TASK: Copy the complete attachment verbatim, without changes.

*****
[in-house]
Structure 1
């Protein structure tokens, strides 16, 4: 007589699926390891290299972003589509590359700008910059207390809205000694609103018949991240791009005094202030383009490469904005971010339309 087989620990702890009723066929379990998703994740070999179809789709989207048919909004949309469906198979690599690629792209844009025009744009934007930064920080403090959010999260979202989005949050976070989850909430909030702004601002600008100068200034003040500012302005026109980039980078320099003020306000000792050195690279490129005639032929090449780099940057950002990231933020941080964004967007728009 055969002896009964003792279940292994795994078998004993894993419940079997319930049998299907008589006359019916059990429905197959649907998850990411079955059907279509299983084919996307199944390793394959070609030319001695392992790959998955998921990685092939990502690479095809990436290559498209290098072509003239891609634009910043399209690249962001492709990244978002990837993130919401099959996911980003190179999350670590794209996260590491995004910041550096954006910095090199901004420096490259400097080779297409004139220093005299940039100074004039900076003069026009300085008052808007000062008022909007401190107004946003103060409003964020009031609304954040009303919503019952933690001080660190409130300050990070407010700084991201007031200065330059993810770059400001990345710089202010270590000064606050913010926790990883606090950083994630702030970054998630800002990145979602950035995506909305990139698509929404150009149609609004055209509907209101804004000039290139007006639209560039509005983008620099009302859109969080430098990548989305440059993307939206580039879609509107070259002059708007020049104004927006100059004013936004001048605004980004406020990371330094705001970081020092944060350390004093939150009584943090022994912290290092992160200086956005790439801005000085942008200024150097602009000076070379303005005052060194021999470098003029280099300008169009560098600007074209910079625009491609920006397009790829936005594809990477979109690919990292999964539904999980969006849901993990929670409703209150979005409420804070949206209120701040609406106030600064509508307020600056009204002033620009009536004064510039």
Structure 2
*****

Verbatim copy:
[in-house]
Structure 1
């Protein structure tokens, strides 16, 4: 007589699926390891290299972003589509590359700008910059207390809205000694609103018949991240791009005094202030383009490469904005971010339309 087989620990702890009723066929379990998703994740070999179809789709989207048919909004949309469906198979690599690629792209844009025009744009934007930064920080403090959010999260979202989005949050976070989850909430909030702004601002600008100068200034003040500012302005026109980039980078320099003020306000000792050195690279490129005639032929090449780099940057950002990231933020941080964004967007728009 055969002896009964003792279940292994795994078998004993894993419940079997319930049998299907008589006359019916059990429905197959649907998850990411079955059907279509299983084919996307199944390793394959070609030319001695392992790959998955998921990685092939990502690479095809990436290559498209290098072509003239891609634009910043399209690249962001492709990244978002990837993130919401099959996911980003190179999350670590794209996260590491995004910041550096954006910095090199901004420096490259400097080779297409004139220093005299940039100074004039900076003069026009300085008052808007000062008022909007401190107004946003103060409003964020009031609304954040009303919503019952933690001080660190409130300050990070407010700084991201007031200065330059993810770059400001990345710089202010270590000064606050913010926790990883606090950083994630702030970054998630800002990145979602950035995506909305990139698509929404150009149609609004055209509907209101804004000039290139007006639209560039509005983008620099009302859109969080430098990548989305440059993307939206580039879609509107070259002059708007020049104004927006100059004013936004001048605004980004406020990371330094705001970081020092944060350390004093939150009584943090022994912290290092992160200086956005790439801005000085942008200024150097602009000076070379303005005052060194021999470098003029280099300008169009560098600007074209910079625009491609920006397009790829936005594809990477979109690919990292999964539904999980969006849901993990929670409703209150979005409420804070949206209120701040609406106030600064509508307020600056009204002033620009009536004064510039």
Structure 2